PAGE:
What Business Leaders Should Know About Software Projects — Part 1

This two-part series first covers identifying and avoiding the most common risks we see in business technology projects. In the next post, we outline some of the most important aspects of getting started.

Understanding the major risks and how to navigate them

After working with many different companies across industries, we’ve identified what we think are the most important aspects to avoid project failure and unexpected cost. By no means is the list comprehensive, but it encapsulates what we see time and time again, and the areas described are those that we dedicate the most effort toward. You can see a common theme is preparation — clear, well-documented. Without attention in the following areas, projects are quickly derailed.


Software is made to assist or improve processes, not replace them. If a process isn’t in place, or if it’s deeply flawed, the software you build around it will fail. Consequently, you need to analyze the current state of processes and determine what’s needed from them in the future before taking on software projects around them.

Current-state analysis is a critical requirement. Developing and documenting standard operating procedures (SOP) is a fundamental aspect of this analysis. Without SOPs, the plan for developing, testing, and implementing software around a process is ambiguous, at best. Document what the process looks like now (try to keep it brief and easy), and what the vision is for its future.

Also, keep in mind that the squeakiest wheel doesn’t always need the grease. A process can be extremely painful but so infrequent that the cost of automating it outweighs the cost of doing it the old-fashioned way. Beware of emotional (knee-jerk) reactions to processes. They can make a lot of noise and little impact.


Culture shock happens when you change too fast. So, for example, if you have an Excel shop, going quickly to a visualization tool might upset the team. You can get there, but it has to be iterative, folding in change at the right time so that you’re not climbing the second hill before you get over the first. And there’s a balance between growing and updating practices and listening to your team, understanding how they work best. How do your analysts get their data? What are the exceptions that keep things manual? And what sorts of process empowers them? Taking account of those cultural leanings and avoiding culture shock is incredibly important. Finding solutions that fit and grow well into the existing culture will improve your chances of success, and it’s a major aspect of change management that demands attention.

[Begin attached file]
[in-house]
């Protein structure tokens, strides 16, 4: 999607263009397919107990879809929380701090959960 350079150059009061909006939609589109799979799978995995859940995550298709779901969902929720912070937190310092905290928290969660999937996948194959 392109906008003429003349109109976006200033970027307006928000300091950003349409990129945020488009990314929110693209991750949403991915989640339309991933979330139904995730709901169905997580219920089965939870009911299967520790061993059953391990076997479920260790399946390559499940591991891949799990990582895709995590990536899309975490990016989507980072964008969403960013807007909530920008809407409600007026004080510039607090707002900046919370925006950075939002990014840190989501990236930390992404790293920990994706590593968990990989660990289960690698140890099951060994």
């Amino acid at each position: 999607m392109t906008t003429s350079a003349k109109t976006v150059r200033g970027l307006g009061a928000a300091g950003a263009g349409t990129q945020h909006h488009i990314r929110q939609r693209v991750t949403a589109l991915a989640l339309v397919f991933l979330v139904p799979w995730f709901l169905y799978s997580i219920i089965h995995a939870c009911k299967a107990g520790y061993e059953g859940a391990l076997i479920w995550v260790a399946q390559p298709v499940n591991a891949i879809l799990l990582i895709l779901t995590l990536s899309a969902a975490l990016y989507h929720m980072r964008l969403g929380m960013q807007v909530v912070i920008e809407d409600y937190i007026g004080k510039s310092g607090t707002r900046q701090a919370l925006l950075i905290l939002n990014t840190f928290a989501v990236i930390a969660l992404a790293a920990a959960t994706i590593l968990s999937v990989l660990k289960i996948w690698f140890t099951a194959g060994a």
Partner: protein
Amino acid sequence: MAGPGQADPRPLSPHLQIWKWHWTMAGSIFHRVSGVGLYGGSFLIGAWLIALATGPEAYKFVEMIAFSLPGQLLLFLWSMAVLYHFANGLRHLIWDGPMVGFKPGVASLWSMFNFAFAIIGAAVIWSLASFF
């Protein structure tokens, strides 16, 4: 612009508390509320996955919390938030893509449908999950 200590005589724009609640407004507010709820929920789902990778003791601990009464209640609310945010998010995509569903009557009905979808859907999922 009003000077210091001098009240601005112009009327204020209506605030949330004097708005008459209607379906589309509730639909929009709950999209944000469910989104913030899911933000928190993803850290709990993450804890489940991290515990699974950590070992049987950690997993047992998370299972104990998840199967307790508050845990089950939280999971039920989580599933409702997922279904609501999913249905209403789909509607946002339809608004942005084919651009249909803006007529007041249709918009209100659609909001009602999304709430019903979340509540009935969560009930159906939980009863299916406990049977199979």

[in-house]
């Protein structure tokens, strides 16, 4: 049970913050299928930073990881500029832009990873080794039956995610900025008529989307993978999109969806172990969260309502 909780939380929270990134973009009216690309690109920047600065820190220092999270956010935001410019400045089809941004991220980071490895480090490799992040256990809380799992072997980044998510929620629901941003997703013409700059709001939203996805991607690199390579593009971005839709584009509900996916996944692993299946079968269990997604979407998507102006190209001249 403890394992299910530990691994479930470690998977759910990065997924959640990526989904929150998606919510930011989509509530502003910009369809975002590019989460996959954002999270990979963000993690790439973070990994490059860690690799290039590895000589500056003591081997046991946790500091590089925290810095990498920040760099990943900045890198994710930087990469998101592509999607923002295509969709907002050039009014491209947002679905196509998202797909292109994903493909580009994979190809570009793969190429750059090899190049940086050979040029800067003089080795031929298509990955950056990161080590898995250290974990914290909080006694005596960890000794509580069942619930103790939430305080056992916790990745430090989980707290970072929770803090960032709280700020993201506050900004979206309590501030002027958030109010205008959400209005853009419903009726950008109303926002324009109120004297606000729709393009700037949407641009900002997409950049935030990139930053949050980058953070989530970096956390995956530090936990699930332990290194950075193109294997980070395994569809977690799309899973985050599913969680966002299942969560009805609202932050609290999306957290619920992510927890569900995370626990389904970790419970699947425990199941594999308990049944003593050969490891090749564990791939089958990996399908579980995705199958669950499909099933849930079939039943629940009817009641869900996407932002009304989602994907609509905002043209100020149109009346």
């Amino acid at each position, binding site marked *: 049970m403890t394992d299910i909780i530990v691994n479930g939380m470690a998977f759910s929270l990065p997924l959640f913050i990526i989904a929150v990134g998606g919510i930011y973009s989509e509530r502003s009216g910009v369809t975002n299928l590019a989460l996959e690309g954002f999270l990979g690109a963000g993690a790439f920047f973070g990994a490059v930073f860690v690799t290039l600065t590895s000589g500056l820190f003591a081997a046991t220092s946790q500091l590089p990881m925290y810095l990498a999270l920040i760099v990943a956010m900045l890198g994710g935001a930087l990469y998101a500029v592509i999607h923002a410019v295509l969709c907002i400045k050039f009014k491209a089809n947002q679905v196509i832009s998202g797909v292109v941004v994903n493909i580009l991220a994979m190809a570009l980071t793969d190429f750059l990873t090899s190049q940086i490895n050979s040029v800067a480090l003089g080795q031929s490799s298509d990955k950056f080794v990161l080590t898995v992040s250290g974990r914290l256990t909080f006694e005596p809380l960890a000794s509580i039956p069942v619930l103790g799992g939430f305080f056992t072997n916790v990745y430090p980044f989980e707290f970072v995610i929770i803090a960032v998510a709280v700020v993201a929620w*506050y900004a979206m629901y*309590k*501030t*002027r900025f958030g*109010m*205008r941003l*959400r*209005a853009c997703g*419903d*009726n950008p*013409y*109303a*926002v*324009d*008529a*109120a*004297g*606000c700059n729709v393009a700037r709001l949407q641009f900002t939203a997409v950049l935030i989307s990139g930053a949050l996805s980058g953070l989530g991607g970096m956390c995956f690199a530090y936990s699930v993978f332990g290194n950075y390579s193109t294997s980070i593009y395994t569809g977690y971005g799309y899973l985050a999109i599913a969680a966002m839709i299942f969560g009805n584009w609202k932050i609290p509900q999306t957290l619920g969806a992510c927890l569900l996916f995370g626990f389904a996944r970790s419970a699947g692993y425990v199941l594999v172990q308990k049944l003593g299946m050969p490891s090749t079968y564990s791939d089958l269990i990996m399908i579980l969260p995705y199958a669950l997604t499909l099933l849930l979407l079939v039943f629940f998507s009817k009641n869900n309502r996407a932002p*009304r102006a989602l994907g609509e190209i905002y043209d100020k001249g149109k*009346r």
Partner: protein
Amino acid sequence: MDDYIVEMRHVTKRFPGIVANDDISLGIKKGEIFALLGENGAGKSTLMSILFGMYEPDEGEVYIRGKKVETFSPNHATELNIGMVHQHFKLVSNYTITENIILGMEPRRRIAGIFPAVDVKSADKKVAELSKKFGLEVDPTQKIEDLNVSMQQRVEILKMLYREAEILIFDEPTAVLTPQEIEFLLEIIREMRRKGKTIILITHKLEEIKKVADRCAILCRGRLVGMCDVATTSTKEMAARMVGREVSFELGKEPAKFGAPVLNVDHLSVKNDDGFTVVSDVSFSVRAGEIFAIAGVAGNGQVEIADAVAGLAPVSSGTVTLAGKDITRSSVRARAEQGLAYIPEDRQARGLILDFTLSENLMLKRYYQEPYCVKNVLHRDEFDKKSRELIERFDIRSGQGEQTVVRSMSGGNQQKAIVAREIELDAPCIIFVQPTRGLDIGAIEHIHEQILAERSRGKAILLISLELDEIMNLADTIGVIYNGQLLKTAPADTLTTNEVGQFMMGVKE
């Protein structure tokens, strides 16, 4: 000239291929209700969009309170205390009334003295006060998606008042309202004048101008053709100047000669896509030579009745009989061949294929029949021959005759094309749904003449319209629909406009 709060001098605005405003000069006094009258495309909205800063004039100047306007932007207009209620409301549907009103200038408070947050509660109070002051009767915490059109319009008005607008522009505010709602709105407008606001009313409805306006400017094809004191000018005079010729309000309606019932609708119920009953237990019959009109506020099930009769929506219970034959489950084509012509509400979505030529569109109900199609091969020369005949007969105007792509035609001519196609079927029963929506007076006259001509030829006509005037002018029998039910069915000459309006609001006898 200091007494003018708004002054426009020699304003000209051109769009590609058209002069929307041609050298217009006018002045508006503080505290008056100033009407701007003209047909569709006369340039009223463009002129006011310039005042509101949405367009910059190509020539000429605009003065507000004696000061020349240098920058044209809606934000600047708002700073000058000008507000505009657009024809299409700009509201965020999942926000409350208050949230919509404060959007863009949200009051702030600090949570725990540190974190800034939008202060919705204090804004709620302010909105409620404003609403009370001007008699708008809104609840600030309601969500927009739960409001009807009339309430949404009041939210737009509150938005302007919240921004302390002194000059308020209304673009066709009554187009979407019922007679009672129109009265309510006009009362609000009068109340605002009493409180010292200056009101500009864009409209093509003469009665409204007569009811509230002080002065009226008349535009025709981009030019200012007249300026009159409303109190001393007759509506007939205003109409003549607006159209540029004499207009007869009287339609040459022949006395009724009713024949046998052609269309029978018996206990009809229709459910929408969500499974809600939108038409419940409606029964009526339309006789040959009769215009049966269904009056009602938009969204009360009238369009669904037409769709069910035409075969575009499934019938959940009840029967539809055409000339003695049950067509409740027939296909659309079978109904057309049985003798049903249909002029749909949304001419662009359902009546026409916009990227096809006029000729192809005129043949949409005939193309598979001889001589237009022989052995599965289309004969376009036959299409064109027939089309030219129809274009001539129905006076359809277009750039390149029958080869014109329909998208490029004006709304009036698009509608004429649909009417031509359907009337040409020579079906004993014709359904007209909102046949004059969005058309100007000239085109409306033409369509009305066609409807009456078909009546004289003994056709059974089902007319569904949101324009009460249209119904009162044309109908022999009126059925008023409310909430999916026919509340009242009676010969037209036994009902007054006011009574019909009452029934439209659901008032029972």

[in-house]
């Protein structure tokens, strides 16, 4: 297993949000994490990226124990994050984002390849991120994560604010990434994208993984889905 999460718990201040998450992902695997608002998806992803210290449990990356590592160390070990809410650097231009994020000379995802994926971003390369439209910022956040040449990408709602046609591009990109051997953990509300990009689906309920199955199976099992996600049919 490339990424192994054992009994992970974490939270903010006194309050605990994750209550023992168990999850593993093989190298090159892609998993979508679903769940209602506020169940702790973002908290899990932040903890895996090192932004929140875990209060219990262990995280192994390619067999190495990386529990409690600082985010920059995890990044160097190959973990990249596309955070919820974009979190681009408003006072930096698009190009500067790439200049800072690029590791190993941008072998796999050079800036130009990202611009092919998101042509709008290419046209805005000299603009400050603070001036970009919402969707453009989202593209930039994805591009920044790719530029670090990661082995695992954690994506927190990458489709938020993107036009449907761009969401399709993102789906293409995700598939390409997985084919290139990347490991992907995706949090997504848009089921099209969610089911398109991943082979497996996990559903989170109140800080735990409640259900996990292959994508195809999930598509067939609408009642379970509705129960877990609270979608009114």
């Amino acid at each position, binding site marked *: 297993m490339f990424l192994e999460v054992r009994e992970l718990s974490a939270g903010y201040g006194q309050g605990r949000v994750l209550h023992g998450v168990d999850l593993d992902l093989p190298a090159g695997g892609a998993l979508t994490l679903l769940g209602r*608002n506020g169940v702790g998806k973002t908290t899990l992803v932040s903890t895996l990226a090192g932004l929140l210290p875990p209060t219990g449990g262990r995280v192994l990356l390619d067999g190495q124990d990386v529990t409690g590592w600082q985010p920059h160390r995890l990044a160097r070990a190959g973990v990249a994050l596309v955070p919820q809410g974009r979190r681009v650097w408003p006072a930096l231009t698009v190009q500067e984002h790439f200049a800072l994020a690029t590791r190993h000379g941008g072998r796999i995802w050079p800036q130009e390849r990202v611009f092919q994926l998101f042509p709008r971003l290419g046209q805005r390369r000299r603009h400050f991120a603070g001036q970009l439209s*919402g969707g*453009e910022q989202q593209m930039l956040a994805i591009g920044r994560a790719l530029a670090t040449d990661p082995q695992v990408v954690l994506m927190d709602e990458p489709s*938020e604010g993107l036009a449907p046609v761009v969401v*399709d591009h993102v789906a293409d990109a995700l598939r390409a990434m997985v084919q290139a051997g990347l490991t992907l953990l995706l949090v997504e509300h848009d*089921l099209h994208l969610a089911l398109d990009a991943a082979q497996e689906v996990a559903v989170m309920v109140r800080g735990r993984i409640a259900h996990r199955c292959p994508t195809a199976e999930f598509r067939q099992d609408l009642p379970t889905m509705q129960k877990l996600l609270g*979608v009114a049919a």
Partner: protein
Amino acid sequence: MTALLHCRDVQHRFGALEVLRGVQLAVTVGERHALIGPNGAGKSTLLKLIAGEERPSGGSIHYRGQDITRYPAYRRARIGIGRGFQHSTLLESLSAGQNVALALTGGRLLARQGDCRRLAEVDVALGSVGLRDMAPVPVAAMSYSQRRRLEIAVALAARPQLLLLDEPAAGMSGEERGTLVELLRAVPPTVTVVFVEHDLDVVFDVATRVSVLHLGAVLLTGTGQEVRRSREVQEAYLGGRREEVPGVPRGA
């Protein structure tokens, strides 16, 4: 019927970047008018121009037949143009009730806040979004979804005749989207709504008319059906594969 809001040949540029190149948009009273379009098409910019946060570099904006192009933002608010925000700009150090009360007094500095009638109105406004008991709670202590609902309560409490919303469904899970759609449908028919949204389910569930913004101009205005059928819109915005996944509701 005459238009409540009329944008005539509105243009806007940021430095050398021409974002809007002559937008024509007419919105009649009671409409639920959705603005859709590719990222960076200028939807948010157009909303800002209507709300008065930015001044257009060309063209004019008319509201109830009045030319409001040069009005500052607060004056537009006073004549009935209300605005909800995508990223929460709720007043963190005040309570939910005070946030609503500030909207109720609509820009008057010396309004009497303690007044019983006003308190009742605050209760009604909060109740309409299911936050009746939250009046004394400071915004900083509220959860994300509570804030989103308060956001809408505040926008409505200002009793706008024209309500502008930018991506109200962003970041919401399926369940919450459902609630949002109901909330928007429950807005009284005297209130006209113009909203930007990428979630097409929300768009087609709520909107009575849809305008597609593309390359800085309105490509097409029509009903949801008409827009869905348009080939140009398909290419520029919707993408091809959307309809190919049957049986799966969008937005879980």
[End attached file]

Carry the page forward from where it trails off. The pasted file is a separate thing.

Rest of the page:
Among the fastest routes to project failure is the one that pushes a new project out to too many users. There’s often a well-intentioned urgency to get new software into every user’s hands quickly or complete the implementation by a certain deadline. For obvious reasons, simple full implementations sound desirable. But pushing too wide and too quickly can sacrifice key results for making your deadline. Even worse, when the details and testing don’t indicate a good implementation, doing it anyway can cause irrevocable damage to clients from quality issues, and can harm employees by making them work late hours to cover what was missed. Moreover, failures on a wide scale are more costly than failures on a smaller scale. Before even starting your project, pick a vertical slice or specific business unit and implement the project only in that slice. An iterative implementation with early testing is key to driving early successes.


Related to transitioning, early, thorough training will smooth an otherwise rough transition into new software. Get your teams involved in the software as early as possible and begin phasing in training as soon as you can, preferably well before a project even gets started. And know that your team’s training is multi-layered: there is training to explore functionality, training for (and as) a proof-of-concept, training for implementation. But, beware of training too far in advance of actually using the software, as knowledge can become stale and the users will struggle to remember if the implementation is too far out.

Training is not a one-time deal; it’s continual. You want the path to new software projects well worn, comfortable — old news — before a project even goes live. If you’ve instilled training into your team’s culture, you’ve done the right thing.

The Interject Financials Team is dedicated to building smart, simple technology solutions from a business-first perspective. Our years of combined experience translate to quicker implementations, wider adoption, and more efficiency in your business processes.

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